Monday, May 20, 2019 | ePaper
Buddhists lodge mass protest against repatriation
Stop rush plan: UN raises concern over safety of Rohingyas
The United Nations (UN) has called upon Bangladesh to stop the 'rush plan' of Rohingya refugee repatriation raising concern over their safety and security in Myanmar amid mass protest by Myanmar Buddhists against the process.
The visiting UN Secretary-General's special envoy on Myanmar Christine Schraner Burgener said it at a meeting with Bangladesh Foreign Minister AH Mahmood Ali on Monday afternoon.
She also emphasized on voluntary return of the refugees to Myanmar in line with international standard in the meeting held at the State Guest House Padma in Dhaka.
The outcome of the meting could not be known immediately as the Foreign Ministry officials refrained from media briefing.
An anonymous Foreign Ministry source said that the UN special envoy in the meeting emphasized the voluntary return of the Rohingya refugees referring to the concern of the international over the safety and security of the potential returnees amid mass protest by Myanmar Buddhists against the repatriation.
Burgener arrived in Dhaka on 7 November to seeÂ Â the Rohingya situation in Bangladesh. This was her third visit to Bangladesh since her appointment by the UN Secretary General on 26 April.
The UN envoy visited Rohingya camps in Cox's Bazar and met the Rohingyas, who earlier said they would not return to Myanmar unless the authorities granted their citizenship, ensure security and basic rights.
."The return of refugees cannot begin unless the Rohingya themselves regain the trust and confidence to opt voluntarily for repatriation. We cannot forcibly send them back prior ensuring their safety, security and basic rights," an official of the UN refugee agency (UNHCR) told The New Nation on Monday on condition of anonymity.
He said the UN Secretary-General's special envoy in today's meeting asked Bangladesh authorities not to pursue a hurried repatriation plan as conditions are not yet safe for their return in part because Myanmar Buddhists have been protesting against the repatriation.
When asked, he said, "It would be entirely up to the Myanmar authorities to build trust and confidence among the Rohingya about their sustainable return and peaceful coexistence with other communities in Rakhine State.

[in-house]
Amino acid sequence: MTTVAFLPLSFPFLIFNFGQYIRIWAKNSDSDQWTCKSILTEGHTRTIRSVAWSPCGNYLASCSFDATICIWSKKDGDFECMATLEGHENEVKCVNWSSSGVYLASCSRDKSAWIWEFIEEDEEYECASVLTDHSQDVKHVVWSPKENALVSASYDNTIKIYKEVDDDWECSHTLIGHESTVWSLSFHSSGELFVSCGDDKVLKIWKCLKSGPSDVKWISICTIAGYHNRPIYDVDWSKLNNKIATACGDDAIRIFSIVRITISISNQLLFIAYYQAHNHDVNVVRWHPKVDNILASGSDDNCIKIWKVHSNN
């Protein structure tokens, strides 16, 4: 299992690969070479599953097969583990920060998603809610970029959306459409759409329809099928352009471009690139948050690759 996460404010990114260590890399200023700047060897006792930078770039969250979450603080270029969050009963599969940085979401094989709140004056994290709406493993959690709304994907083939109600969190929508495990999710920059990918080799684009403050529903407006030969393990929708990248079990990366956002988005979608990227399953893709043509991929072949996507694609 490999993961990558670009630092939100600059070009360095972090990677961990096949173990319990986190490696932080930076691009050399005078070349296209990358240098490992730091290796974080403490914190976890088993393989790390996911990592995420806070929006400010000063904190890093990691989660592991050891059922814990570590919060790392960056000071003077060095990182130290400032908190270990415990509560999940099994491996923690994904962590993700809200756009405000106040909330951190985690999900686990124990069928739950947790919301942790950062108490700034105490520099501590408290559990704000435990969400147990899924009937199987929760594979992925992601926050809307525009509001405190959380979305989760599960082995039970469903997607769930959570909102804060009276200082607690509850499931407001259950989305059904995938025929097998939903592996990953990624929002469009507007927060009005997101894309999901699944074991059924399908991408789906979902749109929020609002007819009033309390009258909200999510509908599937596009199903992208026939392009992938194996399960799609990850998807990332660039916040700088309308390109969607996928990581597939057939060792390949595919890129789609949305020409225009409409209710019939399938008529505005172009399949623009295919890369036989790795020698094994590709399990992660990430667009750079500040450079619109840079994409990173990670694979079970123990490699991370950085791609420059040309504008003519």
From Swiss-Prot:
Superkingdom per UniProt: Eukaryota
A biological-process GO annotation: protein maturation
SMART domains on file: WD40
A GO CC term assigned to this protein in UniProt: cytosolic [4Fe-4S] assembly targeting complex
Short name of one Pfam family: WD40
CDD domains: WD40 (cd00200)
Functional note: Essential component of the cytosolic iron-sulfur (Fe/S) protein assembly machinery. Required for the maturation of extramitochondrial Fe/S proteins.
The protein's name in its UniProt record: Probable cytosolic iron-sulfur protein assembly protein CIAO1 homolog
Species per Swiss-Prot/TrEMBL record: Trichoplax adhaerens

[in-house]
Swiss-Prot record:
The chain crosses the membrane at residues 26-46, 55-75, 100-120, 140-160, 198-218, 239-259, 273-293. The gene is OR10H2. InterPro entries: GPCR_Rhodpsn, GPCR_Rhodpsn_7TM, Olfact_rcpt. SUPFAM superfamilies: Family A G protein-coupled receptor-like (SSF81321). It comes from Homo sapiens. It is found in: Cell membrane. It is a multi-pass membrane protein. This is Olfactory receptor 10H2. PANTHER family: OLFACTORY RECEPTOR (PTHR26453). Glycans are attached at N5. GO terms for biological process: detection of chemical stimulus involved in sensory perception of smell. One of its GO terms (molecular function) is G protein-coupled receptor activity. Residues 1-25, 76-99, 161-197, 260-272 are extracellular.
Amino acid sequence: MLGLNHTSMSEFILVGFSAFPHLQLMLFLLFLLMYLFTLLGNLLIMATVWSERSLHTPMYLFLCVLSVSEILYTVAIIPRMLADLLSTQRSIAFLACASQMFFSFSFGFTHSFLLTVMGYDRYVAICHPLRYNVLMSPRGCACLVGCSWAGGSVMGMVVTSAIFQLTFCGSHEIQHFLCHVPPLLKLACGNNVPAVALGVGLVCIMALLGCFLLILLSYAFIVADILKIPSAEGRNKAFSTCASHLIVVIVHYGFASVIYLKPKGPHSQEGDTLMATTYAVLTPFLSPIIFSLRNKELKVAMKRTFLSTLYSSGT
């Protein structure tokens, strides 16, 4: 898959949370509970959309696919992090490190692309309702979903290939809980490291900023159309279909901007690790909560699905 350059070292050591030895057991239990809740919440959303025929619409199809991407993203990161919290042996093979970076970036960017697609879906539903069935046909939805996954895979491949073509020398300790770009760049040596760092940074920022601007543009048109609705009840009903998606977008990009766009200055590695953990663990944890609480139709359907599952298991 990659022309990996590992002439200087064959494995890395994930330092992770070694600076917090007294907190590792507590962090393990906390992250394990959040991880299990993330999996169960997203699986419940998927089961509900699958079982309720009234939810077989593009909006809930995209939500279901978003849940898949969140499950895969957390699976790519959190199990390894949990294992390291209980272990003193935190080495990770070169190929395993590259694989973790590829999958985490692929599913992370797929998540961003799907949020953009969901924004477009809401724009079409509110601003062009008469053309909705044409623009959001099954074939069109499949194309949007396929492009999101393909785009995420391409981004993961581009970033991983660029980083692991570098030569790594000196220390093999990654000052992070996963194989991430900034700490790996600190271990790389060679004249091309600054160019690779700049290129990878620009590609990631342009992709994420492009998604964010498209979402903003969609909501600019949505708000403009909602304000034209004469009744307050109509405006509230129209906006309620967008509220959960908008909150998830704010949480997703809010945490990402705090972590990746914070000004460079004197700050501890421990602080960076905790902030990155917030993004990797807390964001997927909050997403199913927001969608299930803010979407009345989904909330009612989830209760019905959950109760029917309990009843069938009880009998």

The UN's refugee agency said on Sunday that Rohingya refugees should be allowed to go and see the conditions in Myanmar before they decide to go back.
"The UN has set the priority to voluntary return of Roningya repatriation from Bangladesh to Myanmar. In this context, we have already formed 14 teams to consult with Rohingya refugees before choosing to their return to Myanmar. We will not force the potential returnees who will refuse to go back to their home in northern Rakhine state from where they fled amid brutal military crackdown last year," said the UNHCR official.
In June this year, the UNHCR, the United Nations Development Programme (UNDP) and the Myanmar authorities finalized a memorandum of understanding establishing a framework on cooperation in creating conditions suitable for the voluntary, safe, dignified and sustainable repatriation of refugees from Bangladesh.Â
"The repatriation will be voluntary. None of the Rohingya refugees will be forced to go back in Myanmar," Mohammad Abul Kalam, Relief and Repatriation Commissioner of Bangladesh, told The New Nation.
He was hopeful that the process could begin on Thursday in line with international standard.
Myanmar officials said on Sunday that the country was ready to receive 2,260 Rohingya Muslims sheltering in Bangladesh on November 15, the first group from 5,000 people to be moved under a deal between Dhaka and Naypyidaw.
Following a concerted campaign of extreme violence by the Myanmar authorities against Rohingya people in Myanmar's Rakhine state in August 2017, over 700,000 Rohingya fled over the border into the Cox's Bazar district in Bangladesh.